618 AD to 906 AD
14″ (35.6cm) high x 9.50″ (24.1cm) wide
The T’ang Dynasty was an era of unrivalled wealth and luxury. The country was successfully reunified and the borders were expanded, pushing Chinese influence into new lands. Confucianism became a semi-religious instrument of the state; yet Buddhism continued to flourish, spreading into Korea and Japan. The arts reached new levels of sophistication. Poetry and literature flourished under the enlightened rulers. The Silk Road brought fortunes into China. Precious treasures were imported on the backs of camels from far away lands and bartered for Chinese silk, medicinal herbs, and pungent spices. T’ang China was a multicultural empire where foreign merchants from across Central Asia and the Middle East settled in the urban centers, foremost among them the thriving capital of Chang’an (modern X’ian), a bustling cosmopolitan center of over two million inhabitants. Foreign traders lived next to native artisans and both thrived. New ideas and exotic artistic forms followed alongside. The T’ang Dynasty was a cultural renaissance where many of the forms and objects we now associate with China were first created. Moreover, this period represents one of the greatest cultural outpourings in human history.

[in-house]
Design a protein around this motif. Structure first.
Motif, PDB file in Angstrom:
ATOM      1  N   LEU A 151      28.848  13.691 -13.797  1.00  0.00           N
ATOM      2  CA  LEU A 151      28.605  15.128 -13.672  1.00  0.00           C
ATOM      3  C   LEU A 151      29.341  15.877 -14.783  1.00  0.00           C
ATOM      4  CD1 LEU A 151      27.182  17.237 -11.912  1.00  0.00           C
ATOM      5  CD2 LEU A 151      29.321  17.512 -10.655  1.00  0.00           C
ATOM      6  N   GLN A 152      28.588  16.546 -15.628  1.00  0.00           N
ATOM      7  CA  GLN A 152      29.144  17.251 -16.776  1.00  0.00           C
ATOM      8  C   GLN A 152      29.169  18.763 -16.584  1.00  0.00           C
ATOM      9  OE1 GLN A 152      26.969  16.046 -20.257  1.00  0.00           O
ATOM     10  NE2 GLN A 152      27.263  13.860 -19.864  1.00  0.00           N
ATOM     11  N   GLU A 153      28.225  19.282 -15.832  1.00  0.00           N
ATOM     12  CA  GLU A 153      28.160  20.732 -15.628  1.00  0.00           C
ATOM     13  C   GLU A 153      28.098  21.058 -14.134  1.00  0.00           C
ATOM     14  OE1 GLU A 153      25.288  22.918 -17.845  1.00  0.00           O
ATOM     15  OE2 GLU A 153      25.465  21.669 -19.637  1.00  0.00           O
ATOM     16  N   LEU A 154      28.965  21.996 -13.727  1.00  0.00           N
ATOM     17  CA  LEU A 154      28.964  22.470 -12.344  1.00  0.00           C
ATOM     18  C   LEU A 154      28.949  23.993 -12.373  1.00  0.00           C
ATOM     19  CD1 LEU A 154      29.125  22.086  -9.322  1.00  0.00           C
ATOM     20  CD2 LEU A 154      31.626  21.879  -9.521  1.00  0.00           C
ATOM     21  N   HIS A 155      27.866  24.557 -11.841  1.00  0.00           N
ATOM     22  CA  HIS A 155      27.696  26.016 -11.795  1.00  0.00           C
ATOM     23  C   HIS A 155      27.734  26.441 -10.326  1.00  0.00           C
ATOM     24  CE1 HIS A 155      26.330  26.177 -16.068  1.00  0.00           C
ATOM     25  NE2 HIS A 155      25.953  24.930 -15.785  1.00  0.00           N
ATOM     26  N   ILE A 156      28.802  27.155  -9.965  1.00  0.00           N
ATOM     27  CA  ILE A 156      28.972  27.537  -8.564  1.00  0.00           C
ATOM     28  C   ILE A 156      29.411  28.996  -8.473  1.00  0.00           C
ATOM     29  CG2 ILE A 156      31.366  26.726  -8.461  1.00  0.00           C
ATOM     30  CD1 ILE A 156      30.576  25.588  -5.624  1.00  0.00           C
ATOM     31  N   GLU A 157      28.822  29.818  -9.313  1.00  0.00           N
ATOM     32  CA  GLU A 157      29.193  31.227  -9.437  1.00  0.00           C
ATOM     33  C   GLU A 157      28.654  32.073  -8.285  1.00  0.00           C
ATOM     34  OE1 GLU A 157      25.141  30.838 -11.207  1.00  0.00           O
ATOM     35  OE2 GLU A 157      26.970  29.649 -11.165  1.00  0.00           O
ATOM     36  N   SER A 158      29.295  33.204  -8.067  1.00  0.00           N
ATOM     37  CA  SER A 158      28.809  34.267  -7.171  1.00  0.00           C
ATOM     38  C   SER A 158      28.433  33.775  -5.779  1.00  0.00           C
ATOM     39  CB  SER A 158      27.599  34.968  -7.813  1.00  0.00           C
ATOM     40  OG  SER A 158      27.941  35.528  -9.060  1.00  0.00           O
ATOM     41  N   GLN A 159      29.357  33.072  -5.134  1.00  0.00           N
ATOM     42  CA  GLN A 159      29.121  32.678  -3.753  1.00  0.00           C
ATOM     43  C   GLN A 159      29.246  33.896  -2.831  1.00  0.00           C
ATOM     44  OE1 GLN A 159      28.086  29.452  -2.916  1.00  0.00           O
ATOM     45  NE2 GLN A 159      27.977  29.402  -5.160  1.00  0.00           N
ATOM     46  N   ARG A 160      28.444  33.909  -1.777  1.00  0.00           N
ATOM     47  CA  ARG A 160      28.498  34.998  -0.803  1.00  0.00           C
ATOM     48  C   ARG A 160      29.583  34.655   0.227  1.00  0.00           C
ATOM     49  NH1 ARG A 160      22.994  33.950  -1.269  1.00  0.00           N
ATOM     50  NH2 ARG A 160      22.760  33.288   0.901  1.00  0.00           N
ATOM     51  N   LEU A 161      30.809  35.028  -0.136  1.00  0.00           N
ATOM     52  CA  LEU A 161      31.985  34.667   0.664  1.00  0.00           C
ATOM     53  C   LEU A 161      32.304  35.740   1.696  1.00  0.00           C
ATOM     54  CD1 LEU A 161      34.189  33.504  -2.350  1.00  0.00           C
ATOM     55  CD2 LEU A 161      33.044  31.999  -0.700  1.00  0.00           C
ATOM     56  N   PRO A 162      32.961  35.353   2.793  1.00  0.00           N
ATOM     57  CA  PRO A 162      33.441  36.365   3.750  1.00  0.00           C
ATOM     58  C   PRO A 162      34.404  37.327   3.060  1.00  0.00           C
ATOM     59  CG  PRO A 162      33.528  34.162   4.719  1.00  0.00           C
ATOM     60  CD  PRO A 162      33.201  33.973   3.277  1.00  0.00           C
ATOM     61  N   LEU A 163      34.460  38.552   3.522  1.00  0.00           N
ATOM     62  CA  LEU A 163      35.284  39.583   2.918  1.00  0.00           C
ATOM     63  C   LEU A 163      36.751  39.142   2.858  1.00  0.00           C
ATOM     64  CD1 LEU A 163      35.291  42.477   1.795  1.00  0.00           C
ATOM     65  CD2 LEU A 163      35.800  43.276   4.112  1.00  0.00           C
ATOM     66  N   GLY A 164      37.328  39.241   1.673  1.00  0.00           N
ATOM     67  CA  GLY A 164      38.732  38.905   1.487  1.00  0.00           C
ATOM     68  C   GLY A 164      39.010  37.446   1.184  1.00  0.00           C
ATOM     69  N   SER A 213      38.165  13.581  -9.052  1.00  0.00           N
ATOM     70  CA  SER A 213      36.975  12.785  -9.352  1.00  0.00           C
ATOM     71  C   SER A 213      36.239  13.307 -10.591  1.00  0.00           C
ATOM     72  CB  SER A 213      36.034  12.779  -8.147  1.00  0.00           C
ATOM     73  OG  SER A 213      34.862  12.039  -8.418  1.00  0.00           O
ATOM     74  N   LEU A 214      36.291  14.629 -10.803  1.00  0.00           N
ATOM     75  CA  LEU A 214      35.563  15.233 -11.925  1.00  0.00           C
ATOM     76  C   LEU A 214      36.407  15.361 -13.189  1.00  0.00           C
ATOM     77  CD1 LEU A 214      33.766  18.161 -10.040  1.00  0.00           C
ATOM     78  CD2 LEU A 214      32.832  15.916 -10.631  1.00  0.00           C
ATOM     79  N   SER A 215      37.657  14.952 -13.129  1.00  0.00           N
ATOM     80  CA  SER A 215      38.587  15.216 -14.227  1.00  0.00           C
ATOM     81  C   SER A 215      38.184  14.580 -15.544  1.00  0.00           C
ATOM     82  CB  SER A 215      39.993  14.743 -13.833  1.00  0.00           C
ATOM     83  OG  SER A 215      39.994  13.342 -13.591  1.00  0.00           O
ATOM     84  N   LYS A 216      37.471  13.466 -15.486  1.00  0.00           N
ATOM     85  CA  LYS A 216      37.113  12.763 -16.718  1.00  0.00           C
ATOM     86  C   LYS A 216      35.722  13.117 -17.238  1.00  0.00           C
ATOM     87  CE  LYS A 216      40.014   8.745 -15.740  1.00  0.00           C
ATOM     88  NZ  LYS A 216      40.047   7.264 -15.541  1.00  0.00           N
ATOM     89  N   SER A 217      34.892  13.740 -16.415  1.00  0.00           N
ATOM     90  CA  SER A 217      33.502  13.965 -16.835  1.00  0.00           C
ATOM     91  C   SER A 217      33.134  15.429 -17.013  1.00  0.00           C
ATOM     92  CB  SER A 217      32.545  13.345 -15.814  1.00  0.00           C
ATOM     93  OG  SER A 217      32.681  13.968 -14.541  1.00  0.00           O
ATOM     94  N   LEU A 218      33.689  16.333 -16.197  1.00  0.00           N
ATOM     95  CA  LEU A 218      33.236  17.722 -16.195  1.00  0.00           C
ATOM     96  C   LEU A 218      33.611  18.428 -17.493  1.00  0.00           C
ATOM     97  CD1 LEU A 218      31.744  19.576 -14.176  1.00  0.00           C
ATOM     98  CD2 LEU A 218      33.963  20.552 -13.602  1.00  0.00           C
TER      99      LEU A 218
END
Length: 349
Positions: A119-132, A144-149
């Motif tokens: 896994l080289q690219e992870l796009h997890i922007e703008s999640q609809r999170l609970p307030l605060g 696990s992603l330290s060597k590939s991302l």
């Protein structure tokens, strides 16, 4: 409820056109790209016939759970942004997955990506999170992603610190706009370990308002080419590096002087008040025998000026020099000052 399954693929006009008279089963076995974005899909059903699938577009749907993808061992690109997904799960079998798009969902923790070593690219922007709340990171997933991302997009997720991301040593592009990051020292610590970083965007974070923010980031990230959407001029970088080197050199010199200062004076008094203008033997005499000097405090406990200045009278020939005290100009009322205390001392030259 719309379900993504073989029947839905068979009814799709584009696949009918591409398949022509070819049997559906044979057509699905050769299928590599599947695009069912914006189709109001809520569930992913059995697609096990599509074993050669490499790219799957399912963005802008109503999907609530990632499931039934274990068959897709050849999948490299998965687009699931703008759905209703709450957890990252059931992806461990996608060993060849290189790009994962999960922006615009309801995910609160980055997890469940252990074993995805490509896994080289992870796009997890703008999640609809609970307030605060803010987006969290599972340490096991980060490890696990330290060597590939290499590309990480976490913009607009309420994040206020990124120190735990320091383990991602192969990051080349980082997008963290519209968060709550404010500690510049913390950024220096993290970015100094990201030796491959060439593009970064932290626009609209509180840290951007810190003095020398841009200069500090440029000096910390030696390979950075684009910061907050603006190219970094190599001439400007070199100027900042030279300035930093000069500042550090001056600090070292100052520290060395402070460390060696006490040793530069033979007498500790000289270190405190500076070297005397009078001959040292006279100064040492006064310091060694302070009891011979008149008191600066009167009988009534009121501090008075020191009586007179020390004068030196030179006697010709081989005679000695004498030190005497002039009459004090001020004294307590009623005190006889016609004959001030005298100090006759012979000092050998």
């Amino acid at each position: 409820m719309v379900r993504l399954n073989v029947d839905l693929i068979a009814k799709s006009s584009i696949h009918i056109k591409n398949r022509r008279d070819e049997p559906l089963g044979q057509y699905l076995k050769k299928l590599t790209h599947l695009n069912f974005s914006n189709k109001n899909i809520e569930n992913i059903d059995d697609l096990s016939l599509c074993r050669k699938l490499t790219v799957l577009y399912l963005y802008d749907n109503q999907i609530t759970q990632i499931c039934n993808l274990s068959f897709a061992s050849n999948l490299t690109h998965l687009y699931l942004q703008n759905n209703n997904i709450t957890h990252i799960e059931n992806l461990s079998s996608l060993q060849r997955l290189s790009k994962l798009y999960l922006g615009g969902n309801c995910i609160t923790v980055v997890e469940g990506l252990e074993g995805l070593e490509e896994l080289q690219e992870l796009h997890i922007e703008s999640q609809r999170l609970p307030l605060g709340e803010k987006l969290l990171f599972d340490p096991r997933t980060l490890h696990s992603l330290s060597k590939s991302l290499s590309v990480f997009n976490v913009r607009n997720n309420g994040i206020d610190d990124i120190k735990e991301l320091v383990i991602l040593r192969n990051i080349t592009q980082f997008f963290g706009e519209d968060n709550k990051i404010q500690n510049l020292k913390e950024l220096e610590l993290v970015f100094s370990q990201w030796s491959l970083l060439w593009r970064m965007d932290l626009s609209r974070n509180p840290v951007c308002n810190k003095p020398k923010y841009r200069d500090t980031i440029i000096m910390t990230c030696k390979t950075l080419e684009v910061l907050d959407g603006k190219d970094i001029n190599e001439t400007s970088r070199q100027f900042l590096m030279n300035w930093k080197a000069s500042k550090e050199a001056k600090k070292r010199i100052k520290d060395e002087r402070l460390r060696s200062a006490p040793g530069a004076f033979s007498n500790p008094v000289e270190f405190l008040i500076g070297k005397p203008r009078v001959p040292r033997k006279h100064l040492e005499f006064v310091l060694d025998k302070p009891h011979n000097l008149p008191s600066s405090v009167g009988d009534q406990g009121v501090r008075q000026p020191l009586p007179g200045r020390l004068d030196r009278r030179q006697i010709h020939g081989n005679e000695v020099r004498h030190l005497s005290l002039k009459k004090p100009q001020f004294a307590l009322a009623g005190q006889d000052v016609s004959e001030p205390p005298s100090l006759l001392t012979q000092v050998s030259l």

As new philosophical and religious strands penetrated the thought system of early China, the subject matter of tomb objects and tomb patterns changed. The past practice of entombing elite members of society with earthenware objects continued throughout the early and middle Tang period, but the earlier emphasis placed on recreating daily life shifted to flaunting status and excess. Tombs were no longer “underground houses,” but became a landscape with murals depicting the palaces, gardens, and open countryside in which the nobles passed their lives. During the Tang Dynasty, restrictions were placed on the number of objects that could be included in tombs, an amount determined by an individual’s social rank. In spite of the limitations, a striking variety of tomb furnishings have been excavated. Entire retinues of ceramic figures – animals, entertainers, musicians, guardians – were buried with the dead.
During the Tang Dynasty, the status of the beloved camel ranked second only to the revered horse. Camels symbolized commerce and its associated wealth, profits made possible primarily through the legendary Silk Road. Trade across this extensive network of paths and trails brought prosperity, foreigner merchants, and exotic merchandise into China, connecting the Mediterranean world with the Far East. However, this arduous journey through the jagged mountains and rugged deserts of Central Asia could only be undertaken by the two-humped Bactrian camel, a beast able to withstand the scorching heat of the desert and to maintain its own nutrients, surviving for months without fresh supplies of water. The government kept vast herds of these invaluable creatures, presided over by civil officials, for hauling their precious silk supplies across the Silk Road. These exotic creatures were a common sight in the cosmopolitan cities of Tang China, carrying both traders and their goods directly into the markets. Likewise, T’ang artist began to create charming representations of these prized creatures as symbols of the wealth and prosperity to come in the afterlife.Login to view price